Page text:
Objective—To identify risk factors for equine protozoal myeloencephalitis (EPM) among horses examined at 11 equine referral hospitals.
Animals—183 horses with EPM, 297 horses with neurologic disease other than EPM (neurologic controls), and 168 horses with non-neurologic diseases (non-neurologic controls) examined at 11 equine referral hospitals in the United States.
Procedures—A study data form was completed for all horses. Data were compared between the case group and each of the control groups by means of bivariate and multivariate polytomous logistic regression.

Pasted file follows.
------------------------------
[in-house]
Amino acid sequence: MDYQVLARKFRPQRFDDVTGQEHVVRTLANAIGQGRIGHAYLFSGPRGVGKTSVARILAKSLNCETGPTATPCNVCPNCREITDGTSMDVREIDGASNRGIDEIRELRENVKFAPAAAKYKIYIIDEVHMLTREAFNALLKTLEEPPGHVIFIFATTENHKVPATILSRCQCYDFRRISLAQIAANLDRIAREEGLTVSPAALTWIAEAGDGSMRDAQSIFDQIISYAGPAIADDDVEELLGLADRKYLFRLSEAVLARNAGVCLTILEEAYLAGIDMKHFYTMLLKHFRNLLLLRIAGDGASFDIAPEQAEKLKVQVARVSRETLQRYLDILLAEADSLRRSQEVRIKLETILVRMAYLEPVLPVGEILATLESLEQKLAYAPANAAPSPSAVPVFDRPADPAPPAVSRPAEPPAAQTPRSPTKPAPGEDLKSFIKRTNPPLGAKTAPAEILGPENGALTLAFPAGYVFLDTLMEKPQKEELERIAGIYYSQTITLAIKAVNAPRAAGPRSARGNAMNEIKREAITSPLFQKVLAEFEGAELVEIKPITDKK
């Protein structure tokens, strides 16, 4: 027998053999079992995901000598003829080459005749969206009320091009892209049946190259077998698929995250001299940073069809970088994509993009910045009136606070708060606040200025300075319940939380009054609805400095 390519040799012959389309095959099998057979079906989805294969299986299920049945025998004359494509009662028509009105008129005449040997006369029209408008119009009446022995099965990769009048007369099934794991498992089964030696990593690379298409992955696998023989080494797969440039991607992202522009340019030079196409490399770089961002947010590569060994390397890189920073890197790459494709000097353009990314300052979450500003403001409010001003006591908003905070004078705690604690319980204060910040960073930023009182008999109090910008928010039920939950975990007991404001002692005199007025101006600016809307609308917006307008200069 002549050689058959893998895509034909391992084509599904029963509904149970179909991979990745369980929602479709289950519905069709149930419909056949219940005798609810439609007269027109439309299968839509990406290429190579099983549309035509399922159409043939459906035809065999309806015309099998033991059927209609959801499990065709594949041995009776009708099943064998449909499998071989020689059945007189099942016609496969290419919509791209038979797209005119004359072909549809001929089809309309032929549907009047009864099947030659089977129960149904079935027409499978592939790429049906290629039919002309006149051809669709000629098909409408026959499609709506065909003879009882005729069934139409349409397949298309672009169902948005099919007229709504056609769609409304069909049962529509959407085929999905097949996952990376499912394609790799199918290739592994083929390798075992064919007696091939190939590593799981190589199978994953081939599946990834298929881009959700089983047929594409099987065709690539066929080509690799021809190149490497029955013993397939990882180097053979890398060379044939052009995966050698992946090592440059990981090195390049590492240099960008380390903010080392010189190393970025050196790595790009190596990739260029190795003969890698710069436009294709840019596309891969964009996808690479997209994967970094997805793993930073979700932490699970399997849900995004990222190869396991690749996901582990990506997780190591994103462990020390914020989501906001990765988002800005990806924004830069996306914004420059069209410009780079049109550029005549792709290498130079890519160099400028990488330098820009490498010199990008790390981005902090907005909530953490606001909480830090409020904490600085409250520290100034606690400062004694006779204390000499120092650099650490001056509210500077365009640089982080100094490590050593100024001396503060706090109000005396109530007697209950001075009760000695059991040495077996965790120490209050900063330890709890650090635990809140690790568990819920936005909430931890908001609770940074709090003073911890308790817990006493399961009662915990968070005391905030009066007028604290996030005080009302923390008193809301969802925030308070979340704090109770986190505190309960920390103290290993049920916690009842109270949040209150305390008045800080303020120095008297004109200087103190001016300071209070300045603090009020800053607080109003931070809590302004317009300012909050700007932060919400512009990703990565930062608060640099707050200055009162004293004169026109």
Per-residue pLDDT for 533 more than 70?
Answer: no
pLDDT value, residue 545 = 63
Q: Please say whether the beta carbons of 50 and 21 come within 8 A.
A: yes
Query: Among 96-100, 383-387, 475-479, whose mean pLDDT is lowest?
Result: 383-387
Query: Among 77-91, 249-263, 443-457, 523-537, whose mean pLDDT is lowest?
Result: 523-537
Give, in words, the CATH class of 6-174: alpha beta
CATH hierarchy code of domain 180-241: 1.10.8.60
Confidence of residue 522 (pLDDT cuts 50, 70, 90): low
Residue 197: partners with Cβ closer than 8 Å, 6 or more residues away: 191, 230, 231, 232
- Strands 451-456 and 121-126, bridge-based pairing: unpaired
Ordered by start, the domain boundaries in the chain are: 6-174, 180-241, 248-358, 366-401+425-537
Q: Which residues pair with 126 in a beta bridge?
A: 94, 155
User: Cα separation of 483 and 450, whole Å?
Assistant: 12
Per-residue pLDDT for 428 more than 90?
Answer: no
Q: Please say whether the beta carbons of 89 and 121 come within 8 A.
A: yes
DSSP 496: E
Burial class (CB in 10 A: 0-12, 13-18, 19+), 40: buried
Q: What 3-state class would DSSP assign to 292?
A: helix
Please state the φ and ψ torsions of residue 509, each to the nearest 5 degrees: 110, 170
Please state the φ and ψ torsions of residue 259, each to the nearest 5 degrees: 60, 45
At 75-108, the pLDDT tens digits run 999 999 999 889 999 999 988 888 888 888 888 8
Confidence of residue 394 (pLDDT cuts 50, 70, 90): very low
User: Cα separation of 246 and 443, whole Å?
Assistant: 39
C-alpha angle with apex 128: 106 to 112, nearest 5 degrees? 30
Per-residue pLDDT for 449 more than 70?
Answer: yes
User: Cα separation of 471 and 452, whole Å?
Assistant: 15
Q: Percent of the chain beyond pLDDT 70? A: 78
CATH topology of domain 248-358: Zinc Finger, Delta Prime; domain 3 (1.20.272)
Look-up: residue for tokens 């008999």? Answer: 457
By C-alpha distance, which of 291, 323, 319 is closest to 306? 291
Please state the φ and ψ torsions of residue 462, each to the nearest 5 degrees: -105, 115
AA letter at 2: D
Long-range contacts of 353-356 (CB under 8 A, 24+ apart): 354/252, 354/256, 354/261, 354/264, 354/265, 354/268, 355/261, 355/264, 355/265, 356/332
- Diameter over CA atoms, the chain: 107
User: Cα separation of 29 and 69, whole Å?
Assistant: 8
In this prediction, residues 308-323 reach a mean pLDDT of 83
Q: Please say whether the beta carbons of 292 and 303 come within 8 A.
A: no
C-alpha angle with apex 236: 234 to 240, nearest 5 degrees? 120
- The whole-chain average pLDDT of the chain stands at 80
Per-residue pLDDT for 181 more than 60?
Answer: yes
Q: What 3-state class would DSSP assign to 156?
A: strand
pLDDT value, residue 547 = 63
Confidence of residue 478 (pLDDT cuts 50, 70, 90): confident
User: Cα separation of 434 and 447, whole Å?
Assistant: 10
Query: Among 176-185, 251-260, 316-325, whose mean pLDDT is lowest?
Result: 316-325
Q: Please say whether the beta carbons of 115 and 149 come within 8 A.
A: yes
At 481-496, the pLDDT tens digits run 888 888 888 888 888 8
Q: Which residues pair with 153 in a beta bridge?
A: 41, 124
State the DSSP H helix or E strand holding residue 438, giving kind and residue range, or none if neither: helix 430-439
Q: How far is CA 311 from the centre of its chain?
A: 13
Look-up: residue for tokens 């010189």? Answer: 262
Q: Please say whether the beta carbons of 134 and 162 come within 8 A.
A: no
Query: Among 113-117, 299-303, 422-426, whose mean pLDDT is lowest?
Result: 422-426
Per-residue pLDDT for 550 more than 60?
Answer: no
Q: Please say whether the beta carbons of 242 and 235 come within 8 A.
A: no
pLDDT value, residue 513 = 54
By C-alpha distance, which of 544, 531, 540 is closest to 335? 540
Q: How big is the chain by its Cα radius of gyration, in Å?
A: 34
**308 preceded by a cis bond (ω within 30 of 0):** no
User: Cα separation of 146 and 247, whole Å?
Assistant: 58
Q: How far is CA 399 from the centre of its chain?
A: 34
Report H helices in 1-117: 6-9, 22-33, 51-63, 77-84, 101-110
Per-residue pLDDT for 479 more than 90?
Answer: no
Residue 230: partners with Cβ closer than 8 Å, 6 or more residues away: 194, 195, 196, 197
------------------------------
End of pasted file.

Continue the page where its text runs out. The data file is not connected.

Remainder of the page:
Results—Relative to neurologic control horses, case horses were more likely to be ≥ 2 years old and to have a history of cats residing on the premises. Relative to non-neurologic control horses, case horses were more likely to be used for racing or Western performance.
Conclusions and Clinical Relevance—Results indicated that cats may play a role in the natural epidemiology of EPM, that the disease is less common among horses < 2 years of age relative to other neurologic diseases, and that horses used for particular types of competition may have an increased risk of developing EPM.